Letter to Parents

My name is Tammy Haldeman, pleased to be your child’s Japanese teacher this year. I have been teaching Japanese in the Issaquah School district for over sixteen years! I started out at Issaquah High School and over the years have taught at: IMS, PCFC, LHS and recently have been teaching at Skyline (for the past 8 years) and I will be traveling between both schools this year again. My background is quite diverse and some of my interests are wildlife and soil conservation, equine sports, horsemanship in general, I started out majoring in Outdoor Environmental Education at Northland College, Ashland, Wisconsin. While there I took courses in philosophy, Japanese culture and studied under the tutelage of my mentor, Professor Emeritus, Thomas P. Kasulis, past Chair of the Department of Comparative Studies and also of the Department of East Asian Languages and Literatures at OSU. I then went on to do a Directed Studies in Philosophy and spent my senior year doing independent research in Japan. This is when I fell in love with Japanese culture and vowed to return again, which I did in 1999.

I have my Master’s degree from Harvard Divinity School where I was able to delve deeper into the history of Asian culture and religion. I then moved to the Pacific Northwest and worked for a Japanese trading company and then went back to Japan and started my own business. I have worked for Japanese television, been an interpreter, translator and film coordinator. I also established a cultural exchange/environmental summer camp program for Japanese/American middle school students. Overall I lived and worked in Japan for about seven years before I started teaching Japanese. After I was a volunteer, guest speaker for area schools I was encouraged to consider teaching full-time. I went back to school and got my residential teaching certification in 2006 from St. Martins University.

Choosing Japanese as a second (or third) language is both exciting and perhaps a bit scary for some. The Japanese language is ranked as a Level 4 Language, which means it can be among the most difficult to learn. However, the process of learning Japanese will enrich and inform your child’s academic and personal life much more than they could ever imagine. I have many objectives and goals for your child but I take the most pleasure in “blowing the ceiling” off of their idea of what they are capable of achieving. I know from my own experience that an entire world of possibilities opened up for me because I have Japanese as a second language as well as a strong interest in the sciences and nature. I take pride in knowing that many former and current students have been to Japan and some choose to live and work in Japan after college using their Japanese language skills.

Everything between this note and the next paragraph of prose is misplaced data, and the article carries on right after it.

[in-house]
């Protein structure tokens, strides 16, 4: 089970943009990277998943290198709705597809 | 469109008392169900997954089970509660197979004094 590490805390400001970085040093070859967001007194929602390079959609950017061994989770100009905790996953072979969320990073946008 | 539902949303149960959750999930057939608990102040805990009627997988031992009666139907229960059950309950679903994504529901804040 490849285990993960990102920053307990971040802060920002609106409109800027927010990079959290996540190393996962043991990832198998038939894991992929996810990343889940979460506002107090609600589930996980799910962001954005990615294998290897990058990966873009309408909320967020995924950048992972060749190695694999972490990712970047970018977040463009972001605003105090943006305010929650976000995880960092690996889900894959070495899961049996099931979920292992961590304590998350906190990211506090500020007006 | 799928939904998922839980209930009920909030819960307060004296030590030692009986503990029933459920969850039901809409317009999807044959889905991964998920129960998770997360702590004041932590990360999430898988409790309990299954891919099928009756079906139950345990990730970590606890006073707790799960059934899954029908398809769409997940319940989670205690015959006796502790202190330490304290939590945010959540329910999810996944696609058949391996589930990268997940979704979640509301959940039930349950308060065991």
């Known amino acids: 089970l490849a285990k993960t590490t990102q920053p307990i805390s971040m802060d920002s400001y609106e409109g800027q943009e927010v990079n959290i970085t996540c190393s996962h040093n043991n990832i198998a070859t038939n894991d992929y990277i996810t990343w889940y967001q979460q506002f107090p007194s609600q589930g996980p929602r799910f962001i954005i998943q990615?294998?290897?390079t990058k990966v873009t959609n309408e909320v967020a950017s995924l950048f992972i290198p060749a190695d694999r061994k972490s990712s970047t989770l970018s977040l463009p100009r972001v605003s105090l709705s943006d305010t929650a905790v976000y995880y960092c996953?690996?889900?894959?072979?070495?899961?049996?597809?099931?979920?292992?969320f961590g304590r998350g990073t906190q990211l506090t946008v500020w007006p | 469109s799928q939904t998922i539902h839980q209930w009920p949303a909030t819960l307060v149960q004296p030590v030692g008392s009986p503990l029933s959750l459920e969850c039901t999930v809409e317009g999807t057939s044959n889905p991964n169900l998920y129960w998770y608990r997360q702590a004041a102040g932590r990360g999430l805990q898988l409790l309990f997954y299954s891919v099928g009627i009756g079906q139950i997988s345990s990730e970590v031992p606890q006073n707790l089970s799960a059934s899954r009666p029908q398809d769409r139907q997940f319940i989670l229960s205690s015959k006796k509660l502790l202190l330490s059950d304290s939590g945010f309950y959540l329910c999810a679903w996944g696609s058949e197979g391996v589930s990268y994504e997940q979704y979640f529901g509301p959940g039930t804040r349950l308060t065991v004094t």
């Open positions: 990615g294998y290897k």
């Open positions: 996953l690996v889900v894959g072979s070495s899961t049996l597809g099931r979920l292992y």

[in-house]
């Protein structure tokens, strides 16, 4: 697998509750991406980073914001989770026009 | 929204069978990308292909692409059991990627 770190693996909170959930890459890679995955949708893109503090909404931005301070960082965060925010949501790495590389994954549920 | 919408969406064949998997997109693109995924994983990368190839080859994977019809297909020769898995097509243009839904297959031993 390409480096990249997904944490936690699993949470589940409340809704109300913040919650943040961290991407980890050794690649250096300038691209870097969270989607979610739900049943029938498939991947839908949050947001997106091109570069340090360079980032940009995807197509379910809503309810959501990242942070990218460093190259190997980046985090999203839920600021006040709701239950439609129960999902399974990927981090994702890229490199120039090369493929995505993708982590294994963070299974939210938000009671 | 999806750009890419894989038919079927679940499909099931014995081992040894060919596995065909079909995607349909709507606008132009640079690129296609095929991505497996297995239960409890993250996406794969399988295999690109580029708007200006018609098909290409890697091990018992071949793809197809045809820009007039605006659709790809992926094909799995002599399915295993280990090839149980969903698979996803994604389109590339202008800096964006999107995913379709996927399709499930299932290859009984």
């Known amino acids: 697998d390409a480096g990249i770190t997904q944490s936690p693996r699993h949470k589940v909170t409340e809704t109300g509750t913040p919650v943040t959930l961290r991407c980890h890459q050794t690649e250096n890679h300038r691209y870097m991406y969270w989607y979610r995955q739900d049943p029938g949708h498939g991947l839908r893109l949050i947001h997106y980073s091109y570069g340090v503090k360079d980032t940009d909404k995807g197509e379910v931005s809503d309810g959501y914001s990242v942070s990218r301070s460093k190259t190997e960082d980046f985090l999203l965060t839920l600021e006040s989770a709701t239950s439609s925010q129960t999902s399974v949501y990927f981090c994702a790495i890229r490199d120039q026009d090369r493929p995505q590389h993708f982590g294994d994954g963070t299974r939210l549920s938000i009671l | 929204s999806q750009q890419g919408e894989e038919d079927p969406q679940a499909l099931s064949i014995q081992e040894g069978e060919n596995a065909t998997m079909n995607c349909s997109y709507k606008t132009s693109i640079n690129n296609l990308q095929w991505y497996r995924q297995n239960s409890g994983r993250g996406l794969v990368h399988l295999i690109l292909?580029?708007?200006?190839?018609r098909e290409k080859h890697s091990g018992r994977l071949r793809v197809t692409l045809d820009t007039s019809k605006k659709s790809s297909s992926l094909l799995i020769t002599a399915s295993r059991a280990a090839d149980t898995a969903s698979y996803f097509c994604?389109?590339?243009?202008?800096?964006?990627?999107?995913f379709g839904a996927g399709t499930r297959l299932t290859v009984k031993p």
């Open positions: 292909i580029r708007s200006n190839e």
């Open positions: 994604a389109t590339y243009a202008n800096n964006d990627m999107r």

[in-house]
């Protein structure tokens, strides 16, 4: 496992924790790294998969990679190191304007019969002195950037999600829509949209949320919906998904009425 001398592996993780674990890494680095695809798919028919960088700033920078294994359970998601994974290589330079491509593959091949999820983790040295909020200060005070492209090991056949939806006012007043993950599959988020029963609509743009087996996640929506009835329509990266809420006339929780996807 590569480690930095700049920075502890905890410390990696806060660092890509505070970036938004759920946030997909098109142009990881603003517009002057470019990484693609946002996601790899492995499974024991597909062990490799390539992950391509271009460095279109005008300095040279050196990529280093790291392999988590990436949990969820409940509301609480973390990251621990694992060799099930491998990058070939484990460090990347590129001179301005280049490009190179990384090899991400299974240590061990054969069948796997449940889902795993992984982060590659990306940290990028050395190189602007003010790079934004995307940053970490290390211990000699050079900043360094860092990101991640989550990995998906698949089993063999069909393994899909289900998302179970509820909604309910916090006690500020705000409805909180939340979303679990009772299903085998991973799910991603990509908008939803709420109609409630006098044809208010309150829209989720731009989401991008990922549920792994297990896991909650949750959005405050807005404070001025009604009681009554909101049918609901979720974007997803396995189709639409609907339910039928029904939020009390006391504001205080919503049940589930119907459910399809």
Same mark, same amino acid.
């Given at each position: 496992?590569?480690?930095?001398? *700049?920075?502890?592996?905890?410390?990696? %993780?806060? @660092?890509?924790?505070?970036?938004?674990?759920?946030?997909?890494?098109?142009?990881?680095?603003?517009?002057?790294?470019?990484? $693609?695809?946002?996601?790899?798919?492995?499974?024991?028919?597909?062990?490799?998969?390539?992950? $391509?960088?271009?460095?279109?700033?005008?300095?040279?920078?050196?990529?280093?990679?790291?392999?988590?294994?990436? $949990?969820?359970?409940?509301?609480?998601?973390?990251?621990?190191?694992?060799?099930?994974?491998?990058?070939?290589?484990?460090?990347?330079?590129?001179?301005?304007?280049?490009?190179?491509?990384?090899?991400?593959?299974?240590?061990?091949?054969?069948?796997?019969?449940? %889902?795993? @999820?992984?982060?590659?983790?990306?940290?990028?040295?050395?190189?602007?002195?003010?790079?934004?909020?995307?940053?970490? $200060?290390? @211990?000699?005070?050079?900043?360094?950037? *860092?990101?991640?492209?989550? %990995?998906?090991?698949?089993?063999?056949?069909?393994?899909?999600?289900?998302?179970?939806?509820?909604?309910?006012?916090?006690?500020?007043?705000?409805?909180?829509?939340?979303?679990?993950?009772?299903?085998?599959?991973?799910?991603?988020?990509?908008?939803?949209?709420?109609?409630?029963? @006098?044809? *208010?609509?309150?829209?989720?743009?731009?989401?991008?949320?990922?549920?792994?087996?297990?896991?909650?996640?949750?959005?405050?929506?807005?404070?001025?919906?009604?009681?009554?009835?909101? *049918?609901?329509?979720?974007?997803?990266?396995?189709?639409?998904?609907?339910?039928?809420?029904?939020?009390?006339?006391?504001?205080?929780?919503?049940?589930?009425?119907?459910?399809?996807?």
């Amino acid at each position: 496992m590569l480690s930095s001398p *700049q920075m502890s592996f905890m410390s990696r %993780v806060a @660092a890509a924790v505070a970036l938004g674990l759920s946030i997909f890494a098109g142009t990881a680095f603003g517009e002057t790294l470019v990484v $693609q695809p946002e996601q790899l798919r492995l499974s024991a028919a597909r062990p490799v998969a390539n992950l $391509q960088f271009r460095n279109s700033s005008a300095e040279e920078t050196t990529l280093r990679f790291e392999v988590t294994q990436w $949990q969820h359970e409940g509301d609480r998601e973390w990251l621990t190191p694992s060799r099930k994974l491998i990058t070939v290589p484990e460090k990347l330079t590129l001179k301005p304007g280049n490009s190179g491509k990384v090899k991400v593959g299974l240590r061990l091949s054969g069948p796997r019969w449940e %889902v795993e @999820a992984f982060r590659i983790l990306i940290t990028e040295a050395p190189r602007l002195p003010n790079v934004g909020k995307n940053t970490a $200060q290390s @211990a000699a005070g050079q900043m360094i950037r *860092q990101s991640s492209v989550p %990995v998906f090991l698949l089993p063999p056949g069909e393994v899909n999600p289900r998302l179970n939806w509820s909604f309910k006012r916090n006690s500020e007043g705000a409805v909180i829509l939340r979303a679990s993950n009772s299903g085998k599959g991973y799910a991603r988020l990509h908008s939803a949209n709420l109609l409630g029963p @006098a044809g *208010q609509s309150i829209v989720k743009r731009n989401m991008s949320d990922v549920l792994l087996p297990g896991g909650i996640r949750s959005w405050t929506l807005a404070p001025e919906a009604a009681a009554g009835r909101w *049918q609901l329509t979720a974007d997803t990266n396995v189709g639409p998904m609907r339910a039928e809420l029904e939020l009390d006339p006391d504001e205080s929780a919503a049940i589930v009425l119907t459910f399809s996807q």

It is very important that students feel safe to make mistakes and to practice new skills without fear of “looking bad” in front of their peers. I make sure that all students have the opportunity to learn in a safe and fun environment. In order to achieve this I need all students to realize that is my commitment to their right to learn and I may from time to time need your reinforcement to help children with behavior in class. We will do lots of pair work activities, and play a lot of games to get to students to learn the written language at first. All students will learn to participate on a regular basis as I call on individual students to give lots of practice. I also use TPRS (Total Physical Response Story Telling) to reinforce learning kinesthetically.

Classes will regularly begin with kiritsu- opening of class and a warmup activity and closing of class to encourage emersion into Japanese culture.  I will also require students to turn in their worksheets and notebooks regularly for me to check comprehension. Most of the time grading will not be based on accuracy except on exams and culminating projects, unless I inform students otherwise.

We want your child to gain a sense of accomplishment and success. In order to do that, I may need your support. Many parents are unable to assist their children with Japanese homework, so if you suspect your child to be struggling, or if you have any other concerns, please don’t hesitate to contact me.



Ms. Haldeman

Issaquah School District